In a not completely shocking decision, the D.C. Circuit Court of Appeals today granted the EPA’s request to modify its remand of the CAIR rules so that it no longer vacates the existing rules. North Carolina v. EPA (05-1244, December 23, 2008, slip op.). In the original decision, North Carolina v. EPA, 531 F. 3d 896 (D.C. Cir. 2008), the Court deemed the CAIR regulations so fatally flawed, that it determined not only to send the rules back to the EPA for a complete rewrite, but to vacate the rules in their entirety. This decision opened an abyss of uncertainty and confusion. CAIR had been in place since 2005 and many states had adopted NOx and SO2 cap and trade programs to comply with CAIR requirements. Individual generating companies organized their long term planning both around the existence of the cap and trade programs and the financial landscape created by these new markets. The Court’s vacatur invalidated most of these regulations and all but crashed the market in NOx and SO2 credits. The decision also frustrated long term planning for electric power, already stressed by the tottering financial markets and now left with no real basis for evaluating future control strategies.
None of the parties had asked the Court to completely vacate the rules and all them individually moved to ask the Court to reconsider its decision. Industry, environmentalists and states had separate issues with portions of the regulations but the overall regulations represented a difficult compromise among those interests and the prospect of having no regulations at all was far worse than the issues raised in each of the appeals.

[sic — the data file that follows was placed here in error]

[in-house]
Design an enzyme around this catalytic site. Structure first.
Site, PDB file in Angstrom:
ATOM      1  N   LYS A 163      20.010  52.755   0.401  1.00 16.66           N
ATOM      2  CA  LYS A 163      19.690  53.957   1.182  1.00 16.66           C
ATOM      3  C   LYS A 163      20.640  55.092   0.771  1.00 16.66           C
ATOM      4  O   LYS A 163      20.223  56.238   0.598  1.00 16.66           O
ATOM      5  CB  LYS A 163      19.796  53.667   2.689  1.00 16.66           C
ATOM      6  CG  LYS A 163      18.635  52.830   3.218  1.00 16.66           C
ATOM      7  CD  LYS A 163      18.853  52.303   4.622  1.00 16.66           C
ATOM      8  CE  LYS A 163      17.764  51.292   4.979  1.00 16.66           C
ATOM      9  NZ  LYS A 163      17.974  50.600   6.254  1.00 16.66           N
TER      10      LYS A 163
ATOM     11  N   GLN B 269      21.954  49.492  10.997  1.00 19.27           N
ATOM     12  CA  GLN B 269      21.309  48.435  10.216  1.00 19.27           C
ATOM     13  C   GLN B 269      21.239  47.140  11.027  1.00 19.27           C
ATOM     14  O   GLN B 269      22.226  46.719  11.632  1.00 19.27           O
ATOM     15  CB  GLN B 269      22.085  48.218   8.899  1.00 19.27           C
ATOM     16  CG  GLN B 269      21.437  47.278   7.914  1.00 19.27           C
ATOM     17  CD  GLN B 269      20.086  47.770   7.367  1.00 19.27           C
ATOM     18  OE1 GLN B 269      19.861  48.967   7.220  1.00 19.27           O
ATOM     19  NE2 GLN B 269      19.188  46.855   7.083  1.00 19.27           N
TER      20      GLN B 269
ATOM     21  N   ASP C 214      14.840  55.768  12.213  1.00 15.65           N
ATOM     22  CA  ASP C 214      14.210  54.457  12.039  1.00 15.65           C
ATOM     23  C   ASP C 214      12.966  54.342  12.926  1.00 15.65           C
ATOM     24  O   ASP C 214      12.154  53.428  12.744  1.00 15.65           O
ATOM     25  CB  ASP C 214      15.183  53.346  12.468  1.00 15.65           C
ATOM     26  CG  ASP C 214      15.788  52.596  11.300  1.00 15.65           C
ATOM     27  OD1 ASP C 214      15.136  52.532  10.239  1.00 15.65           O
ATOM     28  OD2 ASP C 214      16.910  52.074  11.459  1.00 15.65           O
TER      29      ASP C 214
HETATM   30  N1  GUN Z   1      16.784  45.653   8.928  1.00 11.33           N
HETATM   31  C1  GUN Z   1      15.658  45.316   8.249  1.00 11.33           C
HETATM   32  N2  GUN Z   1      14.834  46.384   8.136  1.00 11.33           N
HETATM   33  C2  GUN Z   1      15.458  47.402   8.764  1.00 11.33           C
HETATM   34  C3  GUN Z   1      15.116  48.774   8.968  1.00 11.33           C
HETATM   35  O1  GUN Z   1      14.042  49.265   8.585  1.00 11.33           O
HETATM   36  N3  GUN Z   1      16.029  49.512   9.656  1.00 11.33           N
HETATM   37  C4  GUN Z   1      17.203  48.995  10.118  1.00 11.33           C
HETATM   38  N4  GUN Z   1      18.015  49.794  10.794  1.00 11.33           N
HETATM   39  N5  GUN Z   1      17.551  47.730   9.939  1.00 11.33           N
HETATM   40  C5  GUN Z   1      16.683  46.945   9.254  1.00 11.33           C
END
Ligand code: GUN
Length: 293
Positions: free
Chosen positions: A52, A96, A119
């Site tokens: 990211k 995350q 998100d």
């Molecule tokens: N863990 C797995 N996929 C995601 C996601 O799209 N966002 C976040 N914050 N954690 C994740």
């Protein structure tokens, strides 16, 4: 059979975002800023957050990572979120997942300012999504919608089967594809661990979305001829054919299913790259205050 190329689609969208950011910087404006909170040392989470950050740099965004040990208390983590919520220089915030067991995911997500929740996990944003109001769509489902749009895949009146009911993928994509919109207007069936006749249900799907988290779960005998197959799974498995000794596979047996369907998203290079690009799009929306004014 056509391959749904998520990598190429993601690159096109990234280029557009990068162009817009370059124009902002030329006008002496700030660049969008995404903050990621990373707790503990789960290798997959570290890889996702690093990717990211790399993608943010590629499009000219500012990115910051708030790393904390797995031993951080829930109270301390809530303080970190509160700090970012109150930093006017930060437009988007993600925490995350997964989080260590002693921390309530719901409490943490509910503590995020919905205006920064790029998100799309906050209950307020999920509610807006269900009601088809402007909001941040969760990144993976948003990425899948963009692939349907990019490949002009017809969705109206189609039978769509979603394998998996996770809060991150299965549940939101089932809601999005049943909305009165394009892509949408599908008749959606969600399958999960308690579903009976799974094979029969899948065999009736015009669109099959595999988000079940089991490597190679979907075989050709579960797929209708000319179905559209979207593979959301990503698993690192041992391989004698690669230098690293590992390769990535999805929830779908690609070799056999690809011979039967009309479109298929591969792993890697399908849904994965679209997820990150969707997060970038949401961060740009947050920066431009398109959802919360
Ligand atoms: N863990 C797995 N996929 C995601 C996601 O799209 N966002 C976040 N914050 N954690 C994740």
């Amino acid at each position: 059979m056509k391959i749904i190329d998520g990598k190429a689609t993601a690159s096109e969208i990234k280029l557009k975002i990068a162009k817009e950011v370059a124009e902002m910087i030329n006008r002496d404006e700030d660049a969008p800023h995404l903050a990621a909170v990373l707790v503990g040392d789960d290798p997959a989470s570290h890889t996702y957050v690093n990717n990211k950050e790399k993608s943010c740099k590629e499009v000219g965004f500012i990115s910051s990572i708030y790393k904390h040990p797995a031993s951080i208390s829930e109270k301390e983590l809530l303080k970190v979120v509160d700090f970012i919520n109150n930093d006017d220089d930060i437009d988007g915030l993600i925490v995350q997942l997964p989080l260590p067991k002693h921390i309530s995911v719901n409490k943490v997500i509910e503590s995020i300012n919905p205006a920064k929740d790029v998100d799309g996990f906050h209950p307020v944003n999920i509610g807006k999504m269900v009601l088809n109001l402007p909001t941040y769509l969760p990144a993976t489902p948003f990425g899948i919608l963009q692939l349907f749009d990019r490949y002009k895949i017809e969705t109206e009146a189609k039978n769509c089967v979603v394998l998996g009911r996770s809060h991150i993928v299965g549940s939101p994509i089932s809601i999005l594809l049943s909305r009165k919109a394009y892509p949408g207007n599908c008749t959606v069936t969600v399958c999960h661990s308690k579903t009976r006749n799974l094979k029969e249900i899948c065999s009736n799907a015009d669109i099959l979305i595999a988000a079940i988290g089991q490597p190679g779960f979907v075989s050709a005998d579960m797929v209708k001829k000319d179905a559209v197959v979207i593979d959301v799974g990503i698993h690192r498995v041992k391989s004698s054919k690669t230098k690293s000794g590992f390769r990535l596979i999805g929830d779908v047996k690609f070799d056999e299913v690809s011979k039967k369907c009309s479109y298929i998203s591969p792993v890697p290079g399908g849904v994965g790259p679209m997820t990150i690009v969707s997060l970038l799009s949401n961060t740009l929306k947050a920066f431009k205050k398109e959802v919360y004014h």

As a result of the motions to reconsider, the Court today agreed to excise the vacatur from its remand. It noted that vacating the rules would not serve the larger environmental interest and that the EPA’s eventual revision would better serve environmental values presented in the Clean Air Act. The Court refused to set a deadline for the EPA to issue revised rules but noted the parties could file a mandamus action if the EPA took too long.
At this point it’s not clear what will be involved in re-establishing the CAIR rules five months after they were vacated. While the state regulatory structure generally remains in place, many of the deadlines were premised on the dates when the rules were issued. Similarly, re-establishing a market in emissions credits may be dependant on when these issues are sorted out. The court’s decision will obviate the need for legislation aimed at reinstating CAIR, but will switch to the EPA the push to tighten Phase Two, 2015 CAIR limits. In the end, it will be one more thorny Clean Air Act rulemaking for the new administration.